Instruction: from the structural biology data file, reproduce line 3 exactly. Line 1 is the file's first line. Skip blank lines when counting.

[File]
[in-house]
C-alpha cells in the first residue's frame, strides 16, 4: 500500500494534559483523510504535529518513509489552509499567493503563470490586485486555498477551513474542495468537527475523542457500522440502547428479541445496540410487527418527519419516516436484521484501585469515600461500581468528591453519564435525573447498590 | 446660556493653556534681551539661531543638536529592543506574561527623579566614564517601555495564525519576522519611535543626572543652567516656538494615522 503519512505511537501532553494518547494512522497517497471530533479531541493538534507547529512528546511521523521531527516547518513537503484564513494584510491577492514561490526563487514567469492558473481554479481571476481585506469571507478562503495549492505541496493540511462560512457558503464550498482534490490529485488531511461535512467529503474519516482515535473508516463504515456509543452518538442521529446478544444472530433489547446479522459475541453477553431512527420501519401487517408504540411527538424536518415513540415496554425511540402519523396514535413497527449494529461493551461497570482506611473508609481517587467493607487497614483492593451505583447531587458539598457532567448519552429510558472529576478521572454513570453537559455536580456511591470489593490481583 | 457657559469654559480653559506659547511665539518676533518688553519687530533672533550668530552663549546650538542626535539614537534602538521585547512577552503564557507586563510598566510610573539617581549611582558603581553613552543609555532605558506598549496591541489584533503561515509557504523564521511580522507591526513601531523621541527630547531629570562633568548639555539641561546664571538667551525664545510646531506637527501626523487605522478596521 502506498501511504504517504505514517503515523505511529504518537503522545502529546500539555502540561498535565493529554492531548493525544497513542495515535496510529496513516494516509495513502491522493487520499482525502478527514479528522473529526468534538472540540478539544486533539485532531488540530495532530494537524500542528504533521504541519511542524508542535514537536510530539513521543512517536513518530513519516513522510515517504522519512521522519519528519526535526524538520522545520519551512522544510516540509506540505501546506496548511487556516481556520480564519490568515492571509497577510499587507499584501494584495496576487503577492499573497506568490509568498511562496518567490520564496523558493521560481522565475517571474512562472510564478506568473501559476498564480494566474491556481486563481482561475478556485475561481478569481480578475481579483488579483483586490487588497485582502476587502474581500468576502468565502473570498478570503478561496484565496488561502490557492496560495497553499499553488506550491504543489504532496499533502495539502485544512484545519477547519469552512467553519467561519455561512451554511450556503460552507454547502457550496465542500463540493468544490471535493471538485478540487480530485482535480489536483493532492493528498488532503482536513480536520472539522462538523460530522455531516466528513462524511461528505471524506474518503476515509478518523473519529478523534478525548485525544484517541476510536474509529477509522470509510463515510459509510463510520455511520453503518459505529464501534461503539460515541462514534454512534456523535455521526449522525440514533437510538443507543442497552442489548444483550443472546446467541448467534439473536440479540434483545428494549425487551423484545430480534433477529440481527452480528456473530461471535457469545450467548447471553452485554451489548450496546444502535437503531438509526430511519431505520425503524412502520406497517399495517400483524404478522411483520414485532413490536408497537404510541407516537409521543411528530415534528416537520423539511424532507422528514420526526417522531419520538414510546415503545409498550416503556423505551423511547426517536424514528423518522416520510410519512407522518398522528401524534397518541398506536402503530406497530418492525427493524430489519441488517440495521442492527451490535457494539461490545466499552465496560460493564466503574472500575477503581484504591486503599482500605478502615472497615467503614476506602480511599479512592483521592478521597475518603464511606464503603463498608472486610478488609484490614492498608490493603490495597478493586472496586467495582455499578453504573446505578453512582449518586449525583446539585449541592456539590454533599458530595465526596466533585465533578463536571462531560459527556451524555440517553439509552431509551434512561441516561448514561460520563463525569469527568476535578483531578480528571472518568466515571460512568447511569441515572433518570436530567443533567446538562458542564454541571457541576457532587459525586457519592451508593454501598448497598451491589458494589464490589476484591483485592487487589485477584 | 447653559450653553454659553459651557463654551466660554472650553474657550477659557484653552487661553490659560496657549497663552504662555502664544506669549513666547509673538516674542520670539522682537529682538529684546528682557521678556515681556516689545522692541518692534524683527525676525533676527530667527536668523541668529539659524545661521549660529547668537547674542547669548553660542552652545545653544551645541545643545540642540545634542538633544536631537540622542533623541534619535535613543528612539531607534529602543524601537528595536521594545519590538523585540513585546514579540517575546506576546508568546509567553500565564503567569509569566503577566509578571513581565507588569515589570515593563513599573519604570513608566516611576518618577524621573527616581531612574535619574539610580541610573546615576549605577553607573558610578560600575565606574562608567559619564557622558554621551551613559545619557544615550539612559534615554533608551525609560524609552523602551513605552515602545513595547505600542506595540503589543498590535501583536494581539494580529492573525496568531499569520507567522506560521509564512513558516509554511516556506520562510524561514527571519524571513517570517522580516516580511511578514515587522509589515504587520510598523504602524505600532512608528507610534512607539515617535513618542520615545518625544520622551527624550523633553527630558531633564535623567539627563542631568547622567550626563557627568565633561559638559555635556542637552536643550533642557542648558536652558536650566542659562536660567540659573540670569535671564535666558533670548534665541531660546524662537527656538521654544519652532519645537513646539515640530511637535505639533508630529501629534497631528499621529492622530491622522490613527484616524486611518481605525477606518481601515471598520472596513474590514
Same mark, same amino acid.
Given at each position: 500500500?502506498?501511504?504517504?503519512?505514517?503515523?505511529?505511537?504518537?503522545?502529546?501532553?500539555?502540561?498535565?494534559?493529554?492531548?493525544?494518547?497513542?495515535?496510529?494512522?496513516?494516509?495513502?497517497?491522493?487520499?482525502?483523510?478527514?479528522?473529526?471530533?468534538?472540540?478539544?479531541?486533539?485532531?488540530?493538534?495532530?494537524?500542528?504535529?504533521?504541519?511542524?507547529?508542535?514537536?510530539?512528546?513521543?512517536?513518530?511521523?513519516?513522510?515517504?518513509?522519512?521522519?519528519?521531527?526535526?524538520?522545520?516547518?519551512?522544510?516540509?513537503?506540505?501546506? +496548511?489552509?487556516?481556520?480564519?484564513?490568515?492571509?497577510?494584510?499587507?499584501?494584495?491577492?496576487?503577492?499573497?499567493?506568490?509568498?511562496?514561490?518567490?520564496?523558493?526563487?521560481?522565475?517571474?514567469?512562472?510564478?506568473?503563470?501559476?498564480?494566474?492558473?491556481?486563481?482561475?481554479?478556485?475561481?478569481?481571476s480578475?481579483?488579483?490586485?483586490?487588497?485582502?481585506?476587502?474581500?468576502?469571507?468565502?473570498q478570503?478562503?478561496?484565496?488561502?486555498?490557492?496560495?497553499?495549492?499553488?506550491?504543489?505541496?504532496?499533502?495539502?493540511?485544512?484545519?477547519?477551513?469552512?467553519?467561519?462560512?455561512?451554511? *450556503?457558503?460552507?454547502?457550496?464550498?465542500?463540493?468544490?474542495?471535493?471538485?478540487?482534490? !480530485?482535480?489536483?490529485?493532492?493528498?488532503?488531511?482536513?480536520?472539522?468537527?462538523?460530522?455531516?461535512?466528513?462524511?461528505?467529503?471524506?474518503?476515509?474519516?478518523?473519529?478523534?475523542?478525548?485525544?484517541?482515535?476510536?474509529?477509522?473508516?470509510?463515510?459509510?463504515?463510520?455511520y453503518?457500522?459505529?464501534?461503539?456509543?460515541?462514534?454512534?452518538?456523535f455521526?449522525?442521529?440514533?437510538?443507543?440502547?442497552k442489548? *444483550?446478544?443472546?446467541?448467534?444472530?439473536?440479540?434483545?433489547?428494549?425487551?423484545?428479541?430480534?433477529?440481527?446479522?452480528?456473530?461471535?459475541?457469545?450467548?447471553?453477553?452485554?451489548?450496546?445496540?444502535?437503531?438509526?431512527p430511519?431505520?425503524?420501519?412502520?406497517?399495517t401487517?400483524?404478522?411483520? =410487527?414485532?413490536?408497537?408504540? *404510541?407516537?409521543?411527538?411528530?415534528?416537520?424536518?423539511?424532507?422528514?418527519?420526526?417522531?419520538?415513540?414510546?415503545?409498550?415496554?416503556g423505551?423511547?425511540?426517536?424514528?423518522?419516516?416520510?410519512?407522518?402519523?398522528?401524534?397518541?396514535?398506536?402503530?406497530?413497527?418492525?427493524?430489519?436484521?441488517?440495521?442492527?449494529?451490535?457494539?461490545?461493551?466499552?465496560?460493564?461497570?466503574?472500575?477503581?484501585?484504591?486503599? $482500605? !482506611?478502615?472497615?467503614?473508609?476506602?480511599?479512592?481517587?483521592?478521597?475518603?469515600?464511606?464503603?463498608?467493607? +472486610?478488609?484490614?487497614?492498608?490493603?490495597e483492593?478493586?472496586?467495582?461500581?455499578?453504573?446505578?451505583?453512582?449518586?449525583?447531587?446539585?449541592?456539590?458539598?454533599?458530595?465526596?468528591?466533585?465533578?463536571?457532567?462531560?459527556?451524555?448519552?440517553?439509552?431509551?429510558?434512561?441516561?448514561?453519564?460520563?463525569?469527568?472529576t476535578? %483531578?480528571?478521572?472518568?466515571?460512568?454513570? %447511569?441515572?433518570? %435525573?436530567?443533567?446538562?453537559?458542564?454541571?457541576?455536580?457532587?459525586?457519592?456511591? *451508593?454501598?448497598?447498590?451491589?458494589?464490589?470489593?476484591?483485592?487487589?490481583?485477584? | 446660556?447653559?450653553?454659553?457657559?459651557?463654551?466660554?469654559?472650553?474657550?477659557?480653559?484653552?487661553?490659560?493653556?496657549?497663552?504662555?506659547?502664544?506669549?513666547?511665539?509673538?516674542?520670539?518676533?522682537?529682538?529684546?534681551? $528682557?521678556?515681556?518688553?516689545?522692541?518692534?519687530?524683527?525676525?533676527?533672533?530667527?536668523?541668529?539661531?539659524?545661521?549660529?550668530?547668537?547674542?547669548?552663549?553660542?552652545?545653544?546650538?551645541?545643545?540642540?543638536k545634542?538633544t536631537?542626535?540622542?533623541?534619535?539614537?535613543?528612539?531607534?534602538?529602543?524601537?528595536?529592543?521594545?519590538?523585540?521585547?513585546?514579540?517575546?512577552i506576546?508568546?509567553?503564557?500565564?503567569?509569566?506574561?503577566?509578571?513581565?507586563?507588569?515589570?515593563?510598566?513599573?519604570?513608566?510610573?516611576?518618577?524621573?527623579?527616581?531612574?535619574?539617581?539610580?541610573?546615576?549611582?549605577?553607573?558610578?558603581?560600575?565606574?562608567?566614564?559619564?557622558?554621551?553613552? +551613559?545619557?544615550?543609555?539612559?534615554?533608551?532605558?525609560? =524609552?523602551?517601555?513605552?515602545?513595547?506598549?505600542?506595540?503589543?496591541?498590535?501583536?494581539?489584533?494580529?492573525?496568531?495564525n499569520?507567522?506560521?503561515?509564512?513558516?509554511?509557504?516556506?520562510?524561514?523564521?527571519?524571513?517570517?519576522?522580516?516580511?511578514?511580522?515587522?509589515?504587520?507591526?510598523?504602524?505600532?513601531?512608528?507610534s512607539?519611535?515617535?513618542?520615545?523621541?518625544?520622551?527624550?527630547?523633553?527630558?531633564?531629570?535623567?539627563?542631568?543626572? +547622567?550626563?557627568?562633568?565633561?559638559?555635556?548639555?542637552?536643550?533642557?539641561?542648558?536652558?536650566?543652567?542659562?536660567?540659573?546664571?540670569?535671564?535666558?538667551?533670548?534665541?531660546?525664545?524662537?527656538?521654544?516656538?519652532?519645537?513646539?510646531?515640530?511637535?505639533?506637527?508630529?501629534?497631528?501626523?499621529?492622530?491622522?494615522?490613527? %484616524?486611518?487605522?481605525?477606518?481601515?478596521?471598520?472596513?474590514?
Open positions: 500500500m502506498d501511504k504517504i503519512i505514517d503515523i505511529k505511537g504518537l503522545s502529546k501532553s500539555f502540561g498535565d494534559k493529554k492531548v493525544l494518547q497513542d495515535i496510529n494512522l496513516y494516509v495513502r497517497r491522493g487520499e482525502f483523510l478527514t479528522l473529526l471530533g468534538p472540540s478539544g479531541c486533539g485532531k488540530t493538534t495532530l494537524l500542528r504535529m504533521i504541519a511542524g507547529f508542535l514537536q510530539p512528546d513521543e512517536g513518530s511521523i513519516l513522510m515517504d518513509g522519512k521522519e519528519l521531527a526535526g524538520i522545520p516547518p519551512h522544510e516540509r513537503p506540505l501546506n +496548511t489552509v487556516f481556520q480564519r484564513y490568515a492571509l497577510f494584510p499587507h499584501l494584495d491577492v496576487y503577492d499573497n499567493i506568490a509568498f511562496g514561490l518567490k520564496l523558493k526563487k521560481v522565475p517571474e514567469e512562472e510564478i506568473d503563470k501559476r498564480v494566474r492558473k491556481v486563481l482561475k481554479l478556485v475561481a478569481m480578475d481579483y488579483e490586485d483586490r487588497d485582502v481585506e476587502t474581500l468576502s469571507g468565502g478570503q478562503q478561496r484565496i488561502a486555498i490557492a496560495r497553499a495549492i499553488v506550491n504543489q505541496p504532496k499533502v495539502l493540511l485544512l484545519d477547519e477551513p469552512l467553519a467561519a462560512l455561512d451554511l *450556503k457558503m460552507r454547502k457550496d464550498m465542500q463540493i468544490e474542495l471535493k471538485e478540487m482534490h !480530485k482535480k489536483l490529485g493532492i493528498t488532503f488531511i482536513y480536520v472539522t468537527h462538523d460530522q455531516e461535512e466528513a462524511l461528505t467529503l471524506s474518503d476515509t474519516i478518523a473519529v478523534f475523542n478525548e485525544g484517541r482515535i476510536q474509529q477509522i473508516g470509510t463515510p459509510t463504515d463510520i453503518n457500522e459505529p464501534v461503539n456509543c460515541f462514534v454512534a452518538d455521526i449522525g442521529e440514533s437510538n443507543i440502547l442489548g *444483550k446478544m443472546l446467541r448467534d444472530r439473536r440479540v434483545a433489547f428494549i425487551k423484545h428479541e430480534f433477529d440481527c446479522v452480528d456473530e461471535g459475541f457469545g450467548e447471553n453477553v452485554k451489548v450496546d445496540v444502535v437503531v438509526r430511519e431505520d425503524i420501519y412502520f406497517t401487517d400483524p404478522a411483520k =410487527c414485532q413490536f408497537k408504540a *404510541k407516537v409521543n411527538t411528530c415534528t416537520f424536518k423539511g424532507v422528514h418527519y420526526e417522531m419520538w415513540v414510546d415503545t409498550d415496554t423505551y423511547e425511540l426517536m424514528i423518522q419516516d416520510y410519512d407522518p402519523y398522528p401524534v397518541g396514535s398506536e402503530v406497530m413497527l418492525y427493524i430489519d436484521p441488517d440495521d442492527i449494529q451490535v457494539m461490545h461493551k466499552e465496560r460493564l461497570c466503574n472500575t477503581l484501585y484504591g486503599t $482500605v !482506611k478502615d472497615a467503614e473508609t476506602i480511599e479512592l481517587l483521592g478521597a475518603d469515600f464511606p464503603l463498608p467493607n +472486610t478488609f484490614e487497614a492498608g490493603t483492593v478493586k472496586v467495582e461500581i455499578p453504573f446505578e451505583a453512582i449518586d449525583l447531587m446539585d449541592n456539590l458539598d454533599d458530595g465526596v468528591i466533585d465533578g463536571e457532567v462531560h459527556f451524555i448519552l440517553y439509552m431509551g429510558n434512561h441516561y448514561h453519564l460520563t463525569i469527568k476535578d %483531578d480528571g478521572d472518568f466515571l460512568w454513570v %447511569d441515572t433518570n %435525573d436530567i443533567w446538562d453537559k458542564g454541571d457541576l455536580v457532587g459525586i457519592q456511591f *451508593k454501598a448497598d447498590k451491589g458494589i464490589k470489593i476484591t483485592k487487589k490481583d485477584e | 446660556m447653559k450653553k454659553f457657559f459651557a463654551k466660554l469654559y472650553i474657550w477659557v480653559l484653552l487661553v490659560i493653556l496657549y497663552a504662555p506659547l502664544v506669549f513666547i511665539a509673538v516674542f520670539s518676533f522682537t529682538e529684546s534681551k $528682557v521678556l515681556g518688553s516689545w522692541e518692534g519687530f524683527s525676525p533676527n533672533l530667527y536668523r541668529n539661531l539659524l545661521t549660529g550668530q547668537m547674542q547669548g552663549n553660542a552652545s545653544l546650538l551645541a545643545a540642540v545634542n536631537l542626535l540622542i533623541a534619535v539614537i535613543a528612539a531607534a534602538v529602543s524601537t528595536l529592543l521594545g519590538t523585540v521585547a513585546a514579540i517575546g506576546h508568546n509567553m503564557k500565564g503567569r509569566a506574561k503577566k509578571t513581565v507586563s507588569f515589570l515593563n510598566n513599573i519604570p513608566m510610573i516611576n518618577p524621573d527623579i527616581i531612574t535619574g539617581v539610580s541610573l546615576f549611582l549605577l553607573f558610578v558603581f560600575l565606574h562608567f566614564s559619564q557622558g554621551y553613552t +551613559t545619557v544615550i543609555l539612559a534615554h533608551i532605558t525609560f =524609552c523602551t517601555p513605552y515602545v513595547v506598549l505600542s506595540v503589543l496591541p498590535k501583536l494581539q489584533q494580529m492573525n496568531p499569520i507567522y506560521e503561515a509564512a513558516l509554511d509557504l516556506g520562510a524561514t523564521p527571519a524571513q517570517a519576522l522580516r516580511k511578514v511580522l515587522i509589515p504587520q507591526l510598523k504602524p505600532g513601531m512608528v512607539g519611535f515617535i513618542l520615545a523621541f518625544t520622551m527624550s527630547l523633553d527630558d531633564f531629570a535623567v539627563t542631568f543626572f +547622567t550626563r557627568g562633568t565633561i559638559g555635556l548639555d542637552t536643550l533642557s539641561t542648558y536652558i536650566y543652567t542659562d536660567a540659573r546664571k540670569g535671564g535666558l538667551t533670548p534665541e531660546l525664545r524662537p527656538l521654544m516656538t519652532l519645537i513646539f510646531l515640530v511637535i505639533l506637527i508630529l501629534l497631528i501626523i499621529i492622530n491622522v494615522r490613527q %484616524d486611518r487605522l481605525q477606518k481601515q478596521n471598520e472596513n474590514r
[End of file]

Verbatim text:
Same mark, same amino acid.